How to Melt Ice on a Driveway: 6 Tips & Tricks (With Pictures)
If your area gets cold enough for your driveway to get iced over, you probably wish there was an easy way to get rid of it. Thankfully, there are numerous ways you can easily melt the ice on your driveway. Let’s check out what you’ll need and how to go about it.
The 6 Tips & Tricks on How to Melt Ice on a Driveway
1. Driveway Salt
Salt is one of the most trusted and affordable ways to melt ice. There’s a reason many places still use salt trucks to keep roads clear. The best way to use driveway salt is before any ice forms, but it can just as easily melt ice afterward. Mix sand with the salt to help add traction for your car and foot traffic.
First, you’ll want to shovel away any snow lingering in the driveway. Get it as clear as you can before salting the driveway. Then, spread a thin, even layer of driveway salt across the entire surface. After you salt it, you should immediately notice the ice starting to melt. Applying salt after de-icing can help reduce the amount of ice that forms on your driveway in the future.
2. Hot Water Method
Boil a pot of water and apply it directly to your driveway, making sure to immediately brush away the water. If you don’t brush away the water, it can freeze and make your ice problem worse. Hot water is a great way to get rid of stubborn, thick ice on your driveway, especially if you need it de-iced immediately. The problem is that if it’s too cold, you could just be accumulating ice at the edge of your driveway or yard.
3. Try A DIY De-Icer
If you dislike using salt, there are tons of DIY recipes you can make at home with readily available supplies. These are usually gentle on your landscaping, so you don’t have to worry about toxic chemicals harming your plants or contaminating groundwater.
Mix the ingredients listed above together and apply the solution directly to your icy driveway. The ice will instantly begin to bubble and melt, and you’ll be able to sweep it away if you wish. The mixture will linger on your driveway and help prevent ice accumulation in the future.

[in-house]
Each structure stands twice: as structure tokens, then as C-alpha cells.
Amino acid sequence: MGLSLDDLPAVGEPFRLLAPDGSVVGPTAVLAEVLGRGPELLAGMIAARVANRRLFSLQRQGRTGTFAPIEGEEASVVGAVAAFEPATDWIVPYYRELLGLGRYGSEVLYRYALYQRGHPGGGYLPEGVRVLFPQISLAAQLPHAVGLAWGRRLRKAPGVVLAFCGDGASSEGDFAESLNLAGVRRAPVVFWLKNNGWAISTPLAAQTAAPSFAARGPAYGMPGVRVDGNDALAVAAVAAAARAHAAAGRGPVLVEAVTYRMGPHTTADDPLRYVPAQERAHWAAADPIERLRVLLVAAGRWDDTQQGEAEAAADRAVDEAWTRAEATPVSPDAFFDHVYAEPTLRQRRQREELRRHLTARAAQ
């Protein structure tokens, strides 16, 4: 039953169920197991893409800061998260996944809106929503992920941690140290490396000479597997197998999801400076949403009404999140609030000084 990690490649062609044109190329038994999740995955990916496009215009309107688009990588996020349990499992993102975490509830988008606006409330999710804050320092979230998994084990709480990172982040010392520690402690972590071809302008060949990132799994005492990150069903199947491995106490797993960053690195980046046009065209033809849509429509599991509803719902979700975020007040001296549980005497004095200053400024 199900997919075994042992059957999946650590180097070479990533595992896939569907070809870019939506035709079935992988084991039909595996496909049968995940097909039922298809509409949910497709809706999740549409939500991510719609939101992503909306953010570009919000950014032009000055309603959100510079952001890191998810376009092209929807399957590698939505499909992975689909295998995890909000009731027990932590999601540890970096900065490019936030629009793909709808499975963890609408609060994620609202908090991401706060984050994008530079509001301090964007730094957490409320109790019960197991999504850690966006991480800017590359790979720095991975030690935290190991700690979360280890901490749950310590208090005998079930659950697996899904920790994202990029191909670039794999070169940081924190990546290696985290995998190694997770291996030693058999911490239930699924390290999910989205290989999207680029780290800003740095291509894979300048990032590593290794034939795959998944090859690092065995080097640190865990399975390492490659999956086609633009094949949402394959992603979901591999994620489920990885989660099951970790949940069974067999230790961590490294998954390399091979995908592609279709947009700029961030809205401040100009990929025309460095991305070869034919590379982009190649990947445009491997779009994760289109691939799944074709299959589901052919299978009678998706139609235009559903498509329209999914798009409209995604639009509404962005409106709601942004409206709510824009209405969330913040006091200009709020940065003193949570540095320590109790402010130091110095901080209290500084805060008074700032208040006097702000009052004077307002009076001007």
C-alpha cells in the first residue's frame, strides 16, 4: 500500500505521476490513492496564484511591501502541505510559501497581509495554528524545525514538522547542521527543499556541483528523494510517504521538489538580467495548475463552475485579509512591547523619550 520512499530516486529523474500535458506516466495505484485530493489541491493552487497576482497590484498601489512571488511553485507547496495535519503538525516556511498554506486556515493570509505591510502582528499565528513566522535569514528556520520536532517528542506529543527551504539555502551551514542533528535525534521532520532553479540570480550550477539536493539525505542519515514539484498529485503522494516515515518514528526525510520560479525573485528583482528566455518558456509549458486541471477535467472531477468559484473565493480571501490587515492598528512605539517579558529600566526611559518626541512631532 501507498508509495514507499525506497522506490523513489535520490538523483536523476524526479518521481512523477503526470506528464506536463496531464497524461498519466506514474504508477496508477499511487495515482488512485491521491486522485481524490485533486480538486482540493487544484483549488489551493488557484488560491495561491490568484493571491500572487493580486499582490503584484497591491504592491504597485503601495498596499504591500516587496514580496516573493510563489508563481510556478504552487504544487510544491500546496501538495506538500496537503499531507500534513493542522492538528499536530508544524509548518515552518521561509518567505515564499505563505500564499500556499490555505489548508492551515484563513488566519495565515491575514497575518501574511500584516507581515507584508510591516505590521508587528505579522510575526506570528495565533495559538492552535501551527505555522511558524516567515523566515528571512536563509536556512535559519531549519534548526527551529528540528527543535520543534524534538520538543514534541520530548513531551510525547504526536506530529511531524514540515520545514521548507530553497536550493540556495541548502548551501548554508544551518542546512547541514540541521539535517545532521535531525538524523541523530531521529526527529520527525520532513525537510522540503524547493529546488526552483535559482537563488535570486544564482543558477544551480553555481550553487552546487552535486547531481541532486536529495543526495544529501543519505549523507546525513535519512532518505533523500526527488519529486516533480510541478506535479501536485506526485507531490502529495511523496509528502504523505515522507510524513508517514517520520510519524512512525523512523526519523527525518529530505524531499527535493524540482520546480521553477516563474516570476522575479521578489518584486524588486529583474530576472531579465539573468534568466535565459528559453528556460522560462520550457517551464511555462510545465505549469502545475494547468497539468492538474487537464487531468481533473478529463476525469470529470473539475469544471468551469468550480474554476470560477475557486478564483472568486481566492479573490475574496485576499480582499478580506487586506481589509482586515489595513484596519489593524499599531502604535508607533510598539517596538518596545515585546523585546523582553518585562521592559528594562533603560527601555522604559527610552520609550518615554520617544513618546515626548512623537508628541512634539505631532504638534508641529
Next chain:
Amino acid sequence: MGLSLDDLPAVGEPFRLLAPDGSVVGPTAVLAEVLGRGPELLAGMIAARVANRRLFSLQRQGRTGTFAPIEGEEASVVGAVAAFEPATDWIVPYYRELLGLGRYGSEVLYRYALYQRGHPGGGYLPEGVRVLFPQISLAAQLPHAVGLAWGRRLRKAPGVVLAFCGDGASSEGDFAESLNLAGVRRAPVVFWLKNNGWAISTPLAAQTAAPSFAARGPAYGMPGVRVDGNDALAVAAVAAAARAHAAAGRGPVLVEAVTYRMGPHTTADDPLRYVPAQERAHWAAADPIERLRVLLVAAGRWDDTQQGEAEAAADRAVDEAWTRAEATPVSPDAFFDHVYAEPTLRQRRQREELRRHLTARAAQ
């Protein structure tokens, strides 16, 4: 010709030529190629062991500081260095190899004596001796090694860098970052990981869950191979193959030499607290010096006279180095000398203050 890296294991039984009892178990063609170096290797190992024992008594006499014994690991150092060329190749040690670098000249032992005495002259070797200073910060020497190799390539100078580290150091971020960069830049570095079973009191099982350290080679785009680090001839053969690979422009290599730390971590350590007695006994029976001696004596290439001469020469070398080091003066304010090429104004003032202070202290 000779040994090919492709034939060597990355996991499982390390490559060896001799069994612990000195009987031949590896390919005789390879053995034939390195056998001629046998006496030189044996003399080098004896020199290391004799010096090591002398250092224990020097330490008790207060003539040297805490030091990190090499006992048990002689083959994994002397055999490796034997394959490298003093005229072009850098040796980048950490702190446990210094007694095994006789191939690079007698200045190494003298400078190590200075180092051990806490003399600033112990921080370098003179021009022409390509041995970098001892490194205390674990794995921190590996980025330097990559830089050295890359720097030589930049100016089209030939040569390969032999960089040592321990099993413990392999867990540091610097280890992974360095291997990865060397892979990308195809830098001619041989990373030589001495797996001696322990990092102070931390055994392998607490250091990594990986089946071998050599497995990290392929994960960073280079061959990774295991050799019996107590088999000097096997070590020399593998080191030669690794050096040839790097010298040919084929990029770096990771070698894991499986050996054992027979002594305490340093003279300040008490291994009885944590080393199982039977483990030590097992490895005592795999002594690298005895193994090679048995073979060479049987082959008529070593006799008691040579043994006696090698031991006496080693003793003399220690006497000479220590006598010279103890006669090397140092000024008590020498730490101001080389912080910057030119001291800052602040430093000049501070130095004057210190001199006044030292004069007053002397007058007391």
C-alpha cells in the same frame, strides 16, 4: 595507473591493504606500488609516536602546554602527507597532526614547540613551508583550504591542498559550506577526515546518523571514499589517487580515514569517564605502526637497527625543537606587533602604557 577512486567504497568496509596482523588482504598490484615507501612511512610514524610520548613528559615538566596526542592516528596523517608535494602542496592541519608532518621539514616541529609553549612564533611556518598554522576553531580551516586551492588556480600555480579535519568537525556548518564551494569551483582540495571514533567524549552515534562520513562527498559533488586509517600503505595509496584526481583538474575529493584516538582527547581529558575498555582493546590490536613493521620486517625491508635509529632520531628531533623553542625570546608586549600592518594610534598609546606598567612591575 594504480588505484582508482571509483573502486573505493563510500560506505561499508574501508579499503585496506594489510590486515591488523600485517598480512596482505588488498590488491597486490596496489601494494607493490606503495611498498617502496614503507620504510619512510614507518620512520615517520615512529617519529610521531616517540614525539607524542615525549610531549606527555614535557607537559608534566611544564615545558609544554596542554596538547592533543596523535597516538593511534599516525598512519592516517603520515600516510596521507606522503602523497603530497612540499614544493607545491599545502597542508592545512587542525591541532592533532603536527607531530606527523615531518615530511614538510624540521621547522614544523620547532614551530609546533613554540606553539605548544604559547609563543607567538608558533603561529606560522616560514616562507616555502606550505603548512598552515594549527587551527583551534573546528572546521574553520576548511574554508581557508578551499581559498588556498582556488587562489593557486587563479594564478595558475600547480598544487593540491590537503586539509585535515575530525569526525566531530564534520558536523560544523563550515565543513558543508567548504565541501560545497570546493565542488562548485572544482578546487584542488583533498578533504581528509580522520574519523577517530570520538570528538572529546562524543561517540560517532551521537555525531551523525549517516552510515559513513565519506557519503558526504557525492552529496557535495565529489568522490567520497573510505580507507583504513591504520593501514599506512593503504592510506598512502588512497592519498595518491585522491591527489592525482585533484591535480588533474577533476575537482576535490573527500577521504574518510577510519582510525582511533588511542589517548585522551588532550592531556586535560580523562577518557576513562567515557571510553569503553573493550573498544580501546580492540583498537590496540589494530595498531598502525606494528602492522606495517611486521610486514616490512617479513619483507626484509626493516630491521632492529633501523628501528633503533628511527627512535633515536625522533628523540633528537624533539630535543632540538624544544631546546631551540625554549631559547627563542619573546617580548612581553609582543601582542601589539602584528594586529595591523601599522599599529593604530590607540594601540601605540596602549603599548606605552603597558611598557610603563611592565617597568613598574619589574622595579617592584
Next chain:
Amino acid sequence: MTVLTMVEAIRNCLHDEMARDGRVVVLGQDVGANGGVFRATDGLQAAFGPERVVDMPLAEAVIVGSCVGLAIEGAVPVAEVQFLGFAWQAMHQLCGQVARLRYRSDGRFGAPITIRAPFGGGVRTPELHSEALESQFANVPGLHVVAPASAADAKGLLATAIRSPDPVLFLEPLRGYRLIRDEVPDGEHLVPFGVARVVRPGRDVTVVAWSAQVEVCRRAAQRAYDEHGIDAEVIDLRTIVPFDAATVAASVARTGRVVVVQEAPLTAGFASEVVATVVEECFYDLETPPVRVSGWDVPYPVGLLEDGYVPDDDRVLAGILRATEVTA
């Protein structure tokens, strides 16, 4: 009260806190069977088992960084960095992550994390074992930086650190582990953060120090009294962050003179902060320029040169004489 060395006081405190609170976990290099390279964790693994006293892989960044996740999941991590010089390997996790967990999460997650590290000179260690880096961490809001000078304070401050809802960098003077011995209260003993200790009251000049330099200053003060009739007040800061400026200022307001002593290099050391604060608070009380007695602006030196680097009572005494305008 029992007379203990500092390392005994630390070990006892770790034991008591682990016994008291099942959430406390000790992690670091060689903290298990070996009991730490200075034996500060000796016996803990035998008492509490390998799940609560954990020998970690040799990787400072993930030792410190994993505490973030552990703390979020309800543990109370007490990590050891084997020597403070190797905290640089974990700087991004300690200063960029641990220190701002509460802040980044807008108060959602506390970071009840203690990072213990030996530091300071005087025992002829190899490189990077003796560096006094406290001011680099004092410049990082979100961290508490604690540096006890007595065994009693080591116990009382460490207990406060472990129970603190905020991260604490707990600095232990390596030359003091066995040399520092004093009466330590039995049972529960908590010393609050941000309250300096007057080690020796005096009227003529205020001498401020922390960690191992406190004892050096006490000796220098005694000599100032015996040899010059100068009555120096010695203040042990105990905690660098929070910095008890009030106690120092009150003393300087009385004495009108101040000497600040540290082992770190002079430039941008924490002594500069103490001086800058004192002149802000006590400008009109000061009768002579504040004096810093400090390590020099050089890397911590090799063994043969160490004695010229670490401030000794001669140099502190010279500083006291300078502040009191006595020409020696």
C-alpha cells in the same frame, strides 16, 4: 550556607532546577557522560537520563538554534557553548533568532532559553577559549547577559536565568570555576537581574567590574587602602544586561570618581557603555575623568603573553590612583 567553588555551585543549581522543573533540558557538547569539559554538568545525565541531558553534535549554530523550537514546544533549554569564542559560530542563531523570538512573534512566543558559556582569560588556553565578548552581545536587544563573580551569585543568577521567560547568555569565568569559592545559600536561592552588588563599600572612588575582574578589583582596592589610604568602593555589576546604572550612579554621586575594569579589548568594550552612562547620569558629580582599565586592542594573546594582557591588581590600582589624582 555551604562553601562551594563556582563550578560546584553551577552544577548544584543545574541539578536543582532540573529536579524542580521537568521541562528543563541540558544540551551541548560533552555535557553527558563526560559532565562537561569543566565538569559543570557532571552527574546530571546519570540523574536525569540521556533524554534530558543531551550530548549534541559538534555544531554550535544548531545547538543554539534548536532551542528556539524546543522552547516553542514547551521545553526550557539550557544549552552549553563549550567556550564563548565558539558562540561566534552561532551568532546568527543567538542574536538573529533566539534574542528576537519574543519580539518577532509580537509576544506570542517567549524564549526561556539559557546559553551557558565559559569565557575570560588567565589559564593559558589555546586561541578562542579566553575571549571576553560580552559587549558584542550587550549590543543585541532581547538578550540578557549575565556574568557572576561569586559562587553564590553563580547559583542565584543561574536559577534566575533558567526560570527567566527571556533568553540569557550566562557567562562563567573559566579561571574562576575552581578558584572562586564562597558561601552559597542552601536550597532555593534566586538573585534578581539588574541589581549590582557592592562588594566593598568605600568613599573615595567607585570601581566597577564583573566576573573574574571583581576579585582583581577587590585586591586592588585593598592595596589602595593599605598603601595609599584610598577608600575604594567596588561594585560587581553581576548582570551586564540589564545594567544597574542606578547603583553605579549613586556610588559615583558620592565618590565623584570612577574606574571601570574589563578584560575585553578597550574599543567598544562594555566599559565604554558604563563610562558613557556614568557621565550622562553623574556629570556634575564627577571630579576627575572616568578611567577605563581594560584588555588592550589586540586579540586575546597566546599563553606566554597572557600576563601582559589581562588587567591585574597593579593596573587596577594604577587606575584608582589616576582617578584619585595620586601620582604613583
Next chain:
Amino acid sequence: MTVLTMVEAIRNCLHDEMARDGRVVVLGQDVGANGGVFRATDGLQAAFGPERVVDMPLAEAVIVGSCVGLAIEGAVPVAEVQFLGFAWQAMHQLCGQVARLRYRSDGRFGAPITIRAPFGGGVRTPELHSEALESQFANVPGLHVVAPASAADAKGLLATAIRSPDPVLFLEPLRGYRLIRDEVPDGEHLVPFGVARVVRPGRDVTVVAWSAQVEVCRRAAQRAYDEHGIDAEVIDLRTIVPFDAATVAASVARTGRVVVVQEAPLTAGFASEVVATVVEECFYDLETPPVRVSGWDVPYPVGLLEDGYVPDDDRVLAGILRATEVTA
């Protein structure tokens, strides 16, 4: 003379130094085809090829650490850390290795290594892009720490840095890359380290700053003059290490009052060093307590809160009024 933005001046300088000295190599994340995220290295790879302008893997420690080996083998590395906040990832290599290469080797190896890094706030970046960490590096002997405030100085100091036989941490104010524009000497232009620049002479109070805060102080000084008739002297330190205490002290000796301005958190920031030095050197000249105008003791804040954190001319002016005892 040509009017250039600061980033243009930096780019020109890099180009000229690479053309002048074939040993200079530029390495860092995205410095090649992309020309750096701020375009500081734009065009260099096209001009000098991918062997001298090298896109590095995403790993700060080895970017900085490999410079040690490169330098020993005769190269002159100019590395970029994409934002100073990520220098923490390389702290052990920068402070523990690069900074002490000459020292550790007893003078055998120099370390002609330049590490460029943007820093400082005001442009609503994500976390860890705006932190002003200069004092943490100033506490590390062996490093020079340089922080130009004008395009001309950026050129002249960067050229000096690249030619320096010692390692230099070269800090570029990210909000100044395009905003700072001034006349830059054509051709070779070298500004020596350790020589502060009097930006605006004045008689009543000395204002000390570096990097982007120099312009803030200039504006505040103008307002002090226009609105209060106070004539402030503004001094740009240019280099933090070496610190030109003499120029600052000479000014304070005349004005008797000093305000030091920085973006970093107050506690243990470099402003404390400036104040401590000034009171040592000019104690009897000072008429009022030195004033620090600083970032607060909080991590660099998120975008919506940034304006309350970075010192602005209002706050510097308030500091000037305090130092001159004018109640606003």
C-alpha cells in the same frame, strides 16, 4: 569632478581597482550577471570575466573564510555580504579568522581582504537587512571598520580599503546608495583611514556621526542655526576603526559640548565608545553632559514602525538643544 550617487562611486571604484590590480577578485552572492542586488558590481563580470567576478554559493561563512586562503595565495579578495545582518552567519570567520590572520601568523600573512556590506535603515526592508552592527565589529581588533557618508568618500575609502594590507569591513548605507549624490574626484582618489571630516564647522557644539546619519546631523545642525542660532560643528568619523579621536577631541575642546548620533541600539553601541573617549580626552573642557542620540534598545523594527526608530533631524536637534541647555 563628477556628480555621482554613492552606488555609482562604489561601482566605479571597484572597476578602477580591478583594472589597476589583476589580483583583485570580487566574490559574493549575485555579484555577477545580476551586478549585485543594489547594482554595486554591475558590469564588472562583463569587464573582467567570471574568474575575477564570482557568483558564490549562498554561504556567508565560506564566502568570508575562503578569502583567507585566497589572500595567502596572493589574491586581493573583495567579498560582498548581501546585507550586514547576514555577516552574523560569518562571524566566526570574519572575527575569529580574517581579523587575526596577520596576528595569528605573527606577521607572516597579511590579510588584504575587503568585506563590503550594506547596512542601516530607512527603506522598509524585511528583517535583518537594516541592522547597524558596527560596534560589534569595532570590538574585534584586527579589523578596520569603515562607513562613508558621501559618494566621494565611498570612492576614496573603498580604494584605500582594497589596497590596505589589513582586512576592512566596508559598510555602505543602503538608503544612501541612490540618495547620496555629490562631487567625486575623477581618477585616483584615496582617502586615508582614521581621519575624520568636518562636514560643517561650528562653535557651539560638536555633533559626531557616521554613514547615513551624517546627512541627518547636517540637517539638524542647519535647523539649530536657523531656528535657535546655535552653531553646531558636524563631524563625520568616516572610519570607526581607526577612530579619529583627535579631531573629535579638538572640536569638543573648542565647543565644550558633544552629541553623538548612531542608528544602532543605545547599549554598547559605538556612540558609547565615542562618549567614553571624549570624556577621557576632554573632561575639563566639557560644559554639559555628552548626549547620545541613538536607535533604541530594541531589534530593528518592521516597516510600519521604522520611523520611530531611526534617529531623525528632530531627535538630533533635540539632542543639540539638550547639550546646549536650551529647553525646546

4. Vinegar Method
The acetic acid in the vinegar will break down ice and snow by lowering the melting point. The downside is that it may take several applications to thoroughly coat the driveway. The acidity of the vinegar will prevent future snow and ice accumulation. You can put this solution in a spray bottle and use it to deice your windshield and windows, too!
Because vinegar is much more expensive than water, we recommend diluting the vinegar with hot water, which will further help deice your driveway. You don’t need more than ¼ cup or ½ cup of vinegar per half a gallon of hot water.
5. Snow Melting Mats
These mats are essentially big, long heating pads that you put outside to prevent ice and snow from accumulating. They’re expensive to buy upfront, making them less economical than salt, but they’re extremely convenient. Simply plug the mats into a powered extension cord and watch the ice melt away. The biggest downside to these mats is that it requires a steep initial investment, especially if you want to cover your whole driveway.
Sometimes, your driveway gets covered in ice and you have nothing to melt it. In a pinch, you can use commercial fertilizer to de-ice your driveway. Fertilizer has urea and ammonium-based compounds that help melt ice, but the main downside is that it can harm the soil and groundwater nearby. We don’t suggest using this if you have plants near your driveway.
Icy driveways are one of life’s biggest inconveniences, especially because it usually accumulates overnight. Using one of the methods detailed above, you can easily de-ice your driveway and keep it clear all winter.
Featured Image Credit: Kit Leong, Shutterstock